Politics

Is Liberal Left ludicrous?

That is how it was described on Twitter today by a prominent LibDem blogger. And that followed a post yesterday evening by another prominent blogger who offered a particularly derisive response to the news that Liberal Left will be holding an evening session at Spring Conference. The basic position was that those responsible for Liberal Left should get back to the Labour party where they belong. It is unusual to see such disrespect and naked tribalism.

Liberal Democrat Voice today carries a rather more measured post by Paul Ankers arguing that the most important coalition of all, from the Liberal Democrat perspective, is the party itself. Factions are not necessarily a problem if they can engage constructively and respectfully. When the mud-slinging starts then there is a problem. We may then be talking not factions but fracture.

The ‘ludicrous’ comment was clearly a throwaway line. The reasoning behind it was not transparent. But it is evident that anything that involves Linda Jack and Richard Grayson is always going to bring some people out in a rash.

I don’t find the Liberal Left group ludicrous. But I am cautious about this development.

The group sets out its goals as being to:

1.      Provide a voice within the Liberal Democrats, opposing the party leadership on economic and fiscal policy, and advocating a positive alternative.

2.      Seek every possible opportunity to build good relations across the left, between Liberal Democrats, Labour, the Greens, and the non-party liberal left, recognising that organisations such as Compass already offer a thriving space for such dialogue around democracy and sustainability.

I’m not convinced that having a group whose formal aim is to oppose the leadership is entirely healthy. And it is too emphatic. While I am no fan of much of what has happened under the Coalition, to propose blanket opposition doesn’t feel credible or fruitful.

On the second point, the obvious response is that a commitment to the Liberal Left is one thing. An alignment with the other parties is another. Much of what Labour now stands for is neither liberal nor left.

We seem to be heading for another round of debate on where on the left-right spectrum the Liberal Democrats are, or should be. At this point some are wont to refer approvingly to Nick Clegg’s statement “We are not on the left, we are not on the right. We have our own label: liberal”. I have always felt that this statement is largely meaningless. Simple soul that I am I tend to think of things in terms of the political compass, from which perspective Liberal is orthogonal to the left-right axis and in opposition to Authoritarian. The Liberal Democrats are definitely liberal rather than authoritarian, but that doesn’t mean that they don’t have a location on the left-right spectrum as well.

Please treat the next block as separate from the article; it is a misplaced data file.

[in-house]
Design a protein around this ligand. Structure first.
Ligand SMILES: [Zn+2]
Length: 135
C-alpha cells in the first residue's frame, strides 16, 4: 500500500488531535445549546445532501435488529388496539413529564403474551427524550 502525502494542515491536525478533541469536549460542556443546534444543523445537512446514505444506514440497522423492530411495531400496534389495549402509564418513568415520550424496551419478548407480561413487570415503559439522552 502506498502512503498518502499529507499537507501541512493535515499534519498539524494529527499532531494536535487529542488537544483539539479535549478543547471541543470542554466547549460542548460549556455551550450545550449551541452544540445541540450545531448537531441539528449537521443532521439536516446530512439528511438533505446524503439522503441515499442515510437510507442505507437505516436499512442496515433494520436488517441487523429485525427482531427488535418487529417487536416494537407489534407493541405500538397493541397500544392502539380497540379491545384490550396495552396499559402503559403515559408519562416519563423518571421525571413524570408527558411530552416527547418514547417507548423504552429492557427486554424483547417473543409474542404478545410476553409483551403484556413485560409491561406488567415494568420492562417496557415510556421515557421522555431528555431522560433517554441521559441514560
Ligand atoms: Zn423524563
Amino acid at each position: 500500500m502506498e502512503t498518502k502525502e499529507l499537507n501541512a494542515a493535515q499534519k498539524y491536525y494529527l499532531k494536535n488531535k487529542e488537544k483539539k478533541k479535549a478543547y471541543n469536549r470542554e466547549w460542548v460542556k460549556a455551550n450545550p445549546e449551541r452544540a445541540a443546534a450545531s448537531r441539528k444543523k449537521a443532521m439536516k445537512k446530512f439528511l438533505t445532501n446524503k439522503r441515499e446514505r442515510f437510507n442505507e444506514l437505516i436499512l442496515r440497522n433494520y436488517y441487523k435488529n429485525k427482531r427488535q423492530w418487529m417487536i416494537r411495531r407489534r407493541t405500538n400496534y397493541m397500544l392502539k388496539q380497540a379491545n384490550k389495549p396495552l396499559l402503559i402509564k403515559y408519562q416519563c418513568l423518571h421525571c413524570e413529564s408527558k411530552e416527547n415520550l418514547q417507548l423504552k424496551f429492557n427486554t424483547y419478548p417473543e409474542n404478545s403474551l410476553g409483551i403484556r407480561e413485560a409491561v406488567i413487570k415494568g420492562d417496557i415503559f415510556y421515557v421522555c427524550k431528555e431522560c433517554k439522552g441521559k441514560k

I find some of these discussions rather pointless in the abstract. The left-right dimension of a political platform is evident from what it is proposing to do and what it does. Not simply from what it says it believes or stands for. The actions of the Cameron Conservatives are significantly to the right of their professed position.

The founding position statement of Liberal Left draws our attention to the policy platform that the Liberal Democrats offered in the 2010 election. It is hard to argue that this platform is not to the left of the Coalition agreement, and it is certainly to the left of the Coalition’s policy agenda which includes additional policies like the dismantling of the NHS. It is equally clear that plenty of people voted Liberal Democrat because they thought the party was a progressive centre-left alternative to Labour. Many of those voters have now defected from the party. Of course, some in the party might now wish to argue that these voters were deluded because the party was always centre/centre-right. But that seems rather disingenuous – at the time we were happy not to disabuse people of this belief and relieve them of their vote.